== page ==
In 2002, Msgr. Mortimer retired and Msgr. Nelson Perez, now Bishop Nelson J. Perez, was installed as the 7th Pastor of St William. While the young Msgr. Perez came into a parish full of life and vigor, he also came into a parish burdened with major debt of over a half million dollars and a physical plant neglected. During his time, over $360,000 in repairs were made to the various buildings, including repair of the heating systems for both churches, repairs to the air conditioning in the Lower Church (the Upper Church does not have A/C), stone re-pointing, repainting the Lower Church (led by the Parish's Scout Troop), plaster & paint repairs to the Upper Church, replacement of the sound systems in both churches, replacement of the Convent heating system, repair and reconstruction of an entire corner of the Lower School building, replacement of roofs on both school buildings. Through the generosity of a local company, an alarm system was installed in the church, new carpeting was installed in the Lower Church, along with new seats for the Chapel. The Primary School (Hospital Annex) was closed and the building leased out to the Sisters of the IHM for a Ministry Center for a period of 5 years. The debt that welcomed the Msgr. Perez at the door was reduced significantly, bills were brought current, and a treasury was established. This could not have been accomplished without the dedication of the Parishioners of St William. Their generosity of time, talent and treasure given to the Parish has always been unmatched.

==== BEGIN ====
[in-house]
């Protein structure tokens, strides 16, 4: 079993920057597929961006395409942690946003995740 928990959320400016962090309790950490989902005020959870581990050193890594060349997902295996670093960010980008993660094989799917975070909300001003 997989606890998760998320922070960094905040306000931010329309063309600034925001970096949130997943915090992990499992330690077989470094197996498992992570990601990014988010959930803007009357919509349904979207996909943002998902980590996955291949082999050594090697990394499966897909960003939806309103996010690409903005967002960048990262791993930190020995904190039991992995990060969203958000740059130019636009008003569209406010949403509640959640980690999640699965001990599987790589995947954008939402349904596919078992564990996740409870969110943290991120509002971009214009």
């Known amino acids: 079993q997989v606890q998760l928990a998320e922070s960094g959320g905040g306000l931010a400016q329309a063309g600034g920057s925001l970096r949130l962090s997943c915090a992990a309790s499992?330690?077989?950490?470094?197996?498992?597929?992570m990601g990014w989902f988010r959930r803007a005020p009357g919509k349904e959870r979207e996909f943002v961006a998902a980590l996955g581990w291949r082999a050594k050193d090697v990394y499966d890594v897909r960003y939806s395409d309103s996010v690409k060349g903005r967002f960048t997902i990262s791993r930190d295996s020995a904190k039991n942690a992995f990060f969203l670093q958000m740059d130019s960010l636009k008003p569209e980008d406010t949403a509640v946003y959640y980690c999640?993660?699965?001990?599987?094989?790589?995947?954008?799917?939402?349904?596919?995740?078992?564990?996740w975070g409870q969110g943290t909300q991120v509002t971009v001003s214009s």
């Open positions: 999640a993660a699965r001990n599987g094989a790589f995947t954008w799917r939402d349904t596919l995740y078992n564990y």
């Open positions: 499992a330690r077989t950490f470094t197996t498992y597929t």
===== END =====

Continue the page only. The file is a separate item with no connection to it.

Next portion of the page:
On January 12, 2009, Msgr. Perez was assigned as Pastor of St. Agnes Parish, in West Chester, Pa. In his place, St William Parish welcomed the Reverend Scott Brockson as Pastoral Administrator. Fr. Brockson, formerly Pastor of St. Hugh's in North Philadelphia, would hold this temporary position until news came in May 2009 of the assignment of Fr. Joseph G. Watson as the 8th Pastor of St. William Parish. Fr. Watson, a graduate of St. William School, was ordained in 1992 and had served as Pastor of St. Charles Borromeo Parish at 20th and Christian Sts., in South Philadelphia prior to his assignment to St. Wililam. Fr. Watson served St. William Parish until June 20, 2016, when he was reassigned as pastor of Nativity of Our Lord in Warminster PA.